Finance

Michael P. Regan is a Bloomberg Gadfly columnist covering equities and financial services. He has covered stocks for Bloomberg News as a columnist and editor since 2007. He previously worked for the Associated Press.

There's a theory being floated by a certain nonaccredited investor that an inverse correlation exists between a hedge fund's returns and the length of its year-end letter. In other words: the worse the returns, the longer the letter.

We'll leave it to some idle academic to compile the data to confirm this thesis, but one thing's for sure: Last year was a lousy one for a lot of funds, and so this week we were treated to so many gloriously garrulous mea culpas that it would surely put a smile on the face of Pete Roget himself.

For sure, the old guard has seen better days. Nowhere was that more obvious than in the most important news event of the week: the debate. And by debate, of course, we're talking about the back-and-forth insult volley between hedge-fund scamp turned pharma scamp Martin Shkreli and rapper Ghostface Killah. It's hard to tell what Shkreli was thinking by making this threatening video seen on TMZ. Maybe it was just for the comedy, but it also makes one wonder if he may be attempting suicide by rapper.

What's uncomfortable, however, is that this brazen millennial poked at a generational sore spot surely being felt by us Gen Xers everywhere, whether it be trading rooms or newsrooms or rap rooms, when he told Mr. Killah:  "At the end of the day, I'm very sorry for you. You're an old man. You're an old man that's lost his relevance. And you're trying to reclaim the spotlight from my spotlight." Let's hope that when Shkreli gets past his current legal troubles he will get to work on a pill for those of us with Chronic Gen X Inadequacy Syndrome. 

In related news, Nishant Kumar brings surprising word from 2-and-20 land: Investors actually allocated $77 billion to hedge funds in 2015, more than double the amount in 2014. However, this too is more of a new-guard vs. old-guard story: The spotlight's shine was mostly on algorithm-driven strategies, not dusty old Graham & Dodd value hunting.

And that brings us back to the letters. The creative writing efforts on display were collectively so excellent that the Gadfly Trade of the Week could only go to Mr. Roget himself rather than any specific manager.  

Rough Year for the Old Guard
Some of the most-renowned stock-pickers in the hedge-fund world had a rough year in 2015.
Note: Baupost return is an approximation based on letter describing it as "mid-single-digit decline"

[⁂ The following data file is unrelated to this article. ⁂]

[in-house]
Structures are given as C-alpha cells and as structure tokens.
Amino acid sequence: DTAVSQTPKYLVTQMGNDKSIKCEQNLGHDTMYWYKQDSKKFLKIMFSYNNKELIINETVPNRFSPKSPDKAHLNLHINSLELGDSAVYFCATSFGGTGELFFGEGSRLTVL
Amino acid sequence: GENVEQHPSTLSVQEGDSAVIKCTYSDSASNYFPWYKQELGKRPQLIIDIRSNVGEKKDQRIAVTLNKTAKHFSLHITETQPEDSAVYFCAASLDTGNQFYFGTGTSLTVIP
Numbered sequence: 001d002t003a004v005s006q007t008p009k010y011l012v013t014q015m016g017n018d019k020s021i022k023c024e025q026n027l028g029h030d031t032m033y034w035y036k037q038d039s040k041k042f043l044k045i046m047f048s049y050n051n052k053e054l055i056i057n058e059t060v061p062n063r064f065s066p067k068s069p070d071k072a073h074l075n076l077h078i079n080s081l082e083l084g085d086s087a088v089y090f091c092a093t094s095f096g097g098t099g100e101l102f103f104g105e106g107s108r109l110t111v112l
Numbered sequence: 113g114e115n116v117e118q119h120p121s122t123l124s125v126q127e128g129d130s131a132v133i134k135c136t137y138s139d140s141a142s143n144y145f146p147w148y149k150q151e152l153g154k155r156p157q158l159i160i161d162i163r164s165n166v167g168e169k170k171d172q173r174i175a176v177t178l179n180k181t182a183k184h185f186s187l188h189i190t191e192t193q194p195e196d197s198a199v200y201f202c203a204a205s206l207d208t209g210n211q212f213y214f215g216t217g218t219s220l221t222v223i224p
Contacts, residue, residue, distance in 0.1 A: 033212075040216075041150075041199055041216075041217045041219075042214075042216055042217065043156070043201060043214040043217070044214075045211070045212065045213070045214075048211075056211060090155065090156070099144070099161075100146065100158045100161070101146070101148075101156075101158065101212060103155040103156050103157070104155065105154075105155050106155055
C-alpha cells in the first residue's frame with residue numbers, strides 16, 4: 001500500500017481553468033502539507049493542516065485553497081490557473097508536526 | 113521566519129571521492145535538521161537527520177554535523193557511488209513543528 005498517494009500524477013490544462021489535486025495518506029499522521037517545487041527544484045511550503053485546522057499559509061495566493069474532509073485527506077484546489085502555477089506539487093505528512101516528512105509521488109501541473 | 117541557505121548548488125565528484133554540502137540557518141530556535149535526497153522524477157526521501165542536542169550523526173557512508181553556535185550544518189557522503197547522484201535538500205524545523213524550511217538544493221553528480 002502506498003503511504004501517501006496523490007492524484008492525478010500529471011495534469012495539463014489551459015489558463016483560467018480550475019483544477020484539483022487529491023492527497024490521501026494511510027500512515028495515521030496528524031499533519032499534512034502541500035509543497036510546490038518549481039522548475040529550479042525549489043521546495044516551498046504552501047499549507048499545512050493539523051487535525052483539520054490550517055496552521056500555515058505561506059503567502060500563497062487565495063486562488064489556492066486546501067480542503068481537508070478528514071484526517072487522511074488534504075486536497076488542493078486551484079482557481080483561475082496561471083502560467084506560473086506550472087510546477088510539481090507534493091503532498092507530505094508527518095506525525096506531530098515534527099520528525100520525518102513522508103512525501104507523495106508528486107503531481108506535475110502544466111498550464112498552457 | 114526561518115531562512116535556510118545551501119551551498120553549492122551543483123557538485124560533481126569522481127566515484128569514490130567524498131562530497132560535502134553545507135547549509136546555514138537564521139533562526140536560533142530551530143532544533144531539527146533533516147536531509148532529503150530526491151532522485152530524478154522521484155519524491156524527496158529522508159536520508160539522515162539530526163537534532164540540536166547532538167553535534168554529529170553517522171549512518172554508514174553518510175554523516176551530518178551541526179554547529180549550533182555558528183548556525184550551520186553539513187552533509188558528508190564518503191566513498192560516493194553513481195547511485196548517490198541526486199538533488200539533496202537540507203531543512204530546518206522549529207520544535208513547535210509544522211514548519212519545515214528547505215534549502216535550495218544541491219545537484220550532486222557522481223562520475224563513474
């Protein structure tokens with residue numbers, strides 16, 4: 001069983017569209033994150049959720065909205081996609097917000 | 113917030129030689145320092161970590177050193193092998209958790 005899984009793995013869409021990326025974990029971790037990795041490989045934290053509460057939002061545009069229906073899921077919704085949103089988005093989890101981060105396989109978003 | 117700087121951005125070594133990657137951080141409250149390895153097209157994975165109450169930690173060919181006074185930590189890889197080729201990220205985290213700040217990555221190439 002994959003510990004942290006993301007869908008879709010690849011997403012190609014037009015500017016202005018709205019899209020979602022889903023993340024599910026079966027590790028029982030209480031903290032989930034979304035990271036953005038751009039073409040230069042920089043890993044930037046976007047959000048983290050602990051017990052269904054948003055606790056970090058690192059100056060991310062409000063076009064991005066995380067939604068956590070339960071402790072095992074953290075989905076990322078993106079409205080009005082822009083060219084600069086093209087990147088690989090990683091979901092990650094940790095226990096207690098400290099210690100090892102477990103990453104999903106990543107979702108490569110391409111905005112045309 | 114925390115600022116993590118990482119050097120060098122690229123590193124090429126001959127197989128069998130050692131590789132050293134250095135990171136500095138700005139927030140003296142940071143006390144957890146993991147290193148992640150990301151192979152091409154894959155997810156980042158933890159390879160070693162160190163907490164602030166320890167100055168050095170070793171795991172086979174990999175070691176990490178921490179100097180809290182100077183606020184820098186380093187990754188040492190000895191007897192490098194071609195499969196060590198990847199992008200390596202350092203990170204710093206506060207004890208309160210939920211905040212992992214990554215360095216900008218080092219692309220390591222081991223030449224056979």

David Einhorn's Greenlight Capital was successfully able to correlate the fund's 20 percent slump to the poor showing in 2015 by Einhorn's favorite football team, the Green Bay Packers. He may want to make like Aaron Rodgers and do a "discount doublecheck" on some of those value stocks he loves, not to mention the decision to short both Amazon.com and Netflix.  As his letter said: "Even one of David's children suggested, 'Dad why don't you just short your longs and long your shorts?' If only it were that easy... ." 

Elsewhere, Yogi Berra was a go-to source for quotations to put in letters. From Global Return Asset Management (which actually posted a gain): "The future ain’t what it used to be.” From Seth Klarman's Baupost: “It’s déjà vu all over again.”

Klarman looks as if he might have gotten the most value out of his thesaurus, with an impressive collection of adjectives and adverbs to describe how hard value hunting was last year and explain a mid-single-digit decline: "2015 was a year of dodging relentlessly falling knives; upon deeper inspection, one superficially tempting investment after another turned out to be worse than they initially appeared." And a sentiment surely echoed by value hunters everywhere: "Momentum investing, a strategy that is based on following trends without regard to fundamental value, worked brilliantly in 2015 ... By contrast, bottom-up bargain hunting -- which requires fastidious research, endless patience, pattern-recognition skills derived from hard-won experience, and the application of sound judgment -- didn’t prove profitable for us last year."

Speaking of pattern-recognition skills, humility was a common theme in these letters. Bill Ackman expressed his humility by explaining that part of the reason Pershing Square lost money was because he's such a good stock picker that a bunch of copycats crowded into his trades and then all had to sell at once because of the plunge in one of his favorites, Valeant Pharmaceuticals International. 

The Ackman Reaction
Selling by investors who mimic Pershing Square's holdings may have exacerbated losses in the fund's portfolio, according to the fund's year-end letter.



Speaking of crowded trades, bemoaning the popularity of index funds has surely become a crowded trade among fund managers, but Ackman's rant is best in class and it's worth your time to read the whole thing, especially if you're an Ackman copycat looking for some boilerplate for your own letter. 

In short, many of these managers surely could have fall-back careers as financial columnists if the whole hedge-fund thing doesn't work out. (Note to them: Get off my lawn.)  

This column does not necessarily reflect the opinion of Bloomberg LP and its owners.

To contact the author of this story:
Michael P. Regan in New York at mregan12@bloomberg.net

To contact the editor responsible for this story:
Daniel Niemi at dniemi1@bloomberg.net